But it’s the pack that’s got to go, not the ranchers using the allotment, said Ferry County Commissioner Mike Blankenship.
“The McIrvin family has run cows on that allotment for 73 years, and now all of a sudden they have to pull out because of wolves and go somewhere else?
“I haven’t met anyone here who wants them wiped out,” Blankenship said of wolves. “But we want them managed.”
The commission last Friday passed a resolution authorizing the Ferry County sheriff to take out the pack if the state doesn’t.
“For the most part, the local people believe the removal of that pack is long overdue,” Blankenship said. He said the county depends on a healthy ranching economy, which is also part of the state’s culture, custom and history.
“You don’t think Seattle had wolves originally? I am more than willing to pay as a county to round these critters up and bring them to you. If they are in your backyard, you have a whole new attitude about it,” Blankenship said.
Wolf advocates have been dismayed by the state’s decision to kill the pack — 11 animals of a total estimated state population of 90 wolves in 19 packs, as of early 2016.
Listed for protection under the Endangered Species Act west of U.S. Route 97, the wolves are not protected east of the highway. People remain their biggest impediment to recovery, which is required by state law.
Since July 8, 12 cattle have been killed or hurt in the Profanity Peak pack area, according to Fish & Wildlife. So far, the department has killed six wolves in the pack under the authorization of Director Jim Unsworth. He is appointed by the state Fish and Wildlife Commission, which in turn is appointed by the governor and confirmed by the state Senate.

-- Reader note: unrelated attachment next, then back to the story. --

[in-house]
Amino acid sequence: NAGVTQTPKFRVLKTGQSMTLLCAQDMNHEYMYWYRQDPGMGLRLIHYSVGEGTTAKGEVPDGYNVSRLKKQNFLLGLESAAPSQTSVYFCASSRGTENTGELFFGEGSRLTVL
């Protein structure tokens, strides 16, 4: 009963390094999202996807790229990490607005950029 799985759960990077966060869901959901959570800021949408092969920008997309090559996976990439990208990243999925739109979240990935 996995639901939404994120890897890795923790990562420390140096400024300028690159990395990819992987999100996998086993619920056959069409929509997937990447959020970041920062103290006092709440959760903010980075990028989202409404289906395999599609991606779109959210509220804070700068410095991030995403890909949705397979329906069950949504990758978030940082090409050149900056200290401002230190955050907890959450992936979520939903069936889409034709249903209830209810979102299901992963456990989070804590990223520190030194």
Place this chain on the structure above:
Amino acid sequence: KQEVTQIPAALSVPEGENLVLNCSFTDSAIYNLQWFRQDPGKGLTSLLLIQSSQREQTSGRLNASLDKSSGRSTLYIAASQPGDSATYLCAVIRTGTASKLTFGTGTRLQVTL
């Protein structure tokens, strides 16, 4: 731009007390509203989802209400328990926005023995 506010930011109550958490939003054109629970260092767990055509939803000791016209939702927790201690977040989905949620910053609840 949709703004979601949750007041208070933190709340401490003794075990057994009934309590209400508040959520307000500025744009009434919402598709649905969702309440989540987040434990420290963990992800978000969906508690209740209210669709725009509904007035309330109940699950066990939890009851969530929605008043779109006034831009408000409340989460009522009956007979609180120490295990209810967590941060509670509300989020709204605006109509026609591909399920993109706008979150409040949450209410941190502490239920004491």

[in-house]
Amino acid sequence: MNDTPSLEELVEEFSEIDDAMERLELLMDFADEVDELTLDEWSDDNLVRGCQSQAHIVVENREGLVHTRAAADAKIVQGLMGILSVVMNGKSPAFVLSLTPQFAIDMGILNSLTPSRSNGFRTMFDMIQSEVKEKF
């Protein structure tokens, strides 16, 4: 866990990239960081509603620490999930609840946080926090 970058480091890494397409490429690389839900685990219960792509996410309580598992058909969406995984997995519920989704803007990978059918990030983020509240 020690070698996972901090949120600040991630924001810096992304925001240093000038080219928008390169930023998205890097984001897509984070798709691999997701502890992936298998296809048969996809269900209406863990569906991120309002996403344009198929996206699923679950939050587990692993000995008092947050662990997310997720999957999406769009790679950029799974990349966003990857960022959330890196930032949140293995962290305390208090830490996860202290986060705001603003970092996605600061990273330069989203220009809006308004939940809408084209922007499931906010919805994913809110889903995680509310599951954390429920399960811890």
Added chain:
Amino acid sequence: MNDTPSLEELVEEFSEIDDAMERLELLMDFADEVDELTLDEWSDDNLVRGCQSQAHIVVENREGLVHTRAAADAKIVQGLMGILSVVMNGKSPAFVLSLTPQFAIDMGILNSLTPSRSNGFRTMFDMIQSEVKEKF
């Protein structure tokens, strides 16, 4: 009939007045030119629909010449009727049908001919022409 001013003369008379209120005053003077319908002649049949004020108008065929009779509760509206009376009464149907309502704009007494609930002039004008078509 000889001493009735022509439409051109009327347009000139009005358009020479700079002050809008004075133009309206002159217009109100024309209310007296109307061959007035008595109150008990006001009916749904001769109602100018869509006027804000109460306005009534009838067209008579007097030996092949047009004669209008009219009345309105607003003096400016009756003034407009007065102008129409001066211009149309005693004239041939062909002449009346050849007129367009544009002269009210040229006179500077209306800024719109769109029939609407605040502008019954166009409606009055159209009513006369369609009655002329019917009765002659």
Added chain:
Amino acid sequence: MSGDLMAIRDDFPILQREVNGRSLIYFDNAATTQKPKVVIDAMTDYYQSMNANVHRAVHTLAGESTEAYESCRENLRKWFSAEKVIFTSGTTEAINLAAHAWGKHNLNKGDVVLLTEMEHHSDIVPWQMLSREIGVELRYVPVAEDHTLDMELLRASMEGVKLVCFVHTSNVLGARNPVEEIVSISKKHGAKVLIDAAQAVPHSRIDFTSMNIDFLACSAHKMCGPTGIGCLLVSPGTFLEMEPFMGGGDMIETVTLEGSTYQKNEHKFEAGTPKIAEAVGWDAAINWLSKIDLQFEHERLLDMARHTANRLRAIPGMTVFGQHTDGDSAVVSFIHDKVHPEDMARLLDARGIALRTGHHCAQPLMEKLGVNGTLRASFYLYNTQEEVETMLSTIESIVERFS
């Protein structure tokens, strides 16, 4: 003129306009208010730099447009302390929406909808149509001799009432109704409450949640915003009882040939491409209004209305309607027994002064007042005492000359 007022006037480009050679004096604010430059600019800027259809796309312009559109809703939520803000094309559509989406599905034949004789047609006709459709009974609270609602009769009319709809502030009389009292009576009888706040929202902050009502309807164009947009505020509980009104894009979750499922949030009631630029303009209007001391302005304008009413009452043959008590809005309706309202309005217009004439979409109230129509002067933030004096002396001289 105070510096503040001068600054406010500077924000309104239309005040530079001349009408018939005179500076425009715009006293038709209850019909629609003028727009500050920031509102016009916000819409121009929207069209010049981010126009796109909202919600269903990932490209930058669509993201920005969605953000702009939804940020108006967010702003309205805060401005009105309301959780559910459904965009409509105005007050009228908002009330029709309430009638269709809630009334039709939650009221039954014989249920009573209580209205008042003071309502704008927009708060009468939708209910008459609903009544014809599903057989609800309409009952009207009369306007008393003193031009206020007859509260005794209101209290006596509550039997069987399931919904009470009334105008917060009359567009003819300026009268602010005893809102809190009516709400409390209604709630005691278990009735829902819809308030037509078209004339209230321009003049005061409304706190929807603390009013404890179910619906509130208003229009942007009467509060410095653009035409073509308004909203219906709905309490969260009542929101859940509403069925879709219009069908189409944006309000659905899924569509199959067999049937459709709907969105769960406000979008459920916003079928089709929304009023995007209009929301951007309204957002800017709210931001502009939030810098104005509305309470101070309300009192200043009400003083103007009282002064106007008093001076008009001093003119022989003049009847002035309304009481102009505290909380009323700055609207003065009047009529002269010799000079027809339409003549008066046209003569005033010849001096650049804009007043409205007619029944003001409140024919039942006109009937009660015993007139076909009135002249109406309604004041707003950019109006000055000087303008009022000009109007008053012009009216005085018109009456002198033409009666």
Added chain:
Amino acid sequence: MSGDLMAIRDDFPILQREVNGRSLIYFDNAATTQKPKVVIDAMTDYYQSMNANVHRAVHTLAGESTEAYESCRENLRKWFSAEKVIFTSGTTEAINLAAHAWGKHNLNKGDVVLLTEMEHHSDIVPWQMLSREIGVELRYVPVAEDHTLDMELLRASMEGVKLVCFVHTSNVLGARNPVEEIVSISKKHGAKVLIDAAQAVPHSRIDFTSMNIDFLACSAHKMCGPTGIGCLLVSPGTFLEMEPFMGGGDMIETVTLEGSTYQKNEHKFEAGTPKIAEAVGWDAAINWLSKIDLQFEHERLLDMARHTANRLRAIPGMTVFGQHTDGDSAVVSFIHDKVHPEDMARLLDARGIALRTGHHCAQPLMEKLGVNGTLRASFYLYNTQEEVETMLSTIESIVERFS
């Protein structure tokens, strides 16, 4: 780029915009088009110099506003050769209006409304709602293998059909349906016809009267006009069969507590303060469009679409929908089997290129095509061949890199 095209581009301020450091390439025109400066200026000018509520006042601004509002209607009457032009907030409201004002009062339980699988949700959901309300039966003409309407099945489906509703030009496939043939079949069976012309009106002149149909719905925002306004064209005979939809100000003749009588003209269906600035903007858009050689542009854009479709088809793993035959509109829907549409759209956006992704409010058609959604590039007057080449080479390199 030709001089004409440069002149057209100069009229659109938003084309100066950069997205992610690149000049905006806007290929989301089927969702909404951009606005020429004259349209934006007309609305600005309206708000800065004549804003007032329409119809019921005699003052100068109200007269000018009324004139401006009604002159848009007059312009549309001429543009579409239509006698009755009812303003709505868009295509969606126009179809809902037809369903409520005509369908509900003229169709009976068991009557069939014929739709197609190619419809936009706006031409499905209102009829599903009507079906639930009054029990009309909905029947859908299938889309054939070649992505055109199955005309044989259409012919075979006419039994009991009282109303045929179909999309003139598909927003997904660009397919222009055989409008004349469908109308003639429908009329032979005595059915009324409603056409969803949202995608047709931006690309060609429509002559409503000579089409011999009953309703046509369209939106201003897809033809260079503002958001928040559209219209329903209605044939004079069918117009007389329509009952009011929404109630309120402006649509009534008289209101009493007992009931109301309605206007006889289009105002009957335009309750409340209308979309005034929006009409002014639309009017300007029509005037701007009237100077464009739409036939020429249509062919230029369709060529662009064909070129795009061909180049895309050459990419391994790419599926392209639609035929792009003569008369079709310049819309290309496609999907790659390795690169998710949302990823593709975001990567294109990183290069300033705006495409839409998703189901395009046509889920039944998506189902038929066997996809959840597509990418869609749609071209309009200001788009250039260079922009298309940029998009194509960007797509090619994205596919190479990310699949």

Donny Martorello, the department’s wolf-policy lead, said the state remains committed to wolf recovery and coexistence. It confirmed its first wolf recolonizations in 2008, and so far has authorized lethal removals in three instances.
“The majority of the time, these two can coexist,” Martorello said of wolves and livestock. “The department is committed to wolf recovery, but we also have a shared responsibility to protect livestock from repeated depredation by wolves.”
Wolves were hunted to extinction in Washington in the early 1900s, but have been gradually recolonizing, from populations in Idaho and British Columbia.
Lynda V. Mapes: 206-464-2515 or email@example.com
January 8, 2016 – Source
Room to roam?
OR25, a yearling male in the Imnaha Pack, after being radio-collared on May 20, 2014. Photo courtesy Oregon Department of Fish and Wildlife.
The wild mountains, plateaus and forests of northeastern California are becoming a stronghold for wolves dispersing from Oregon.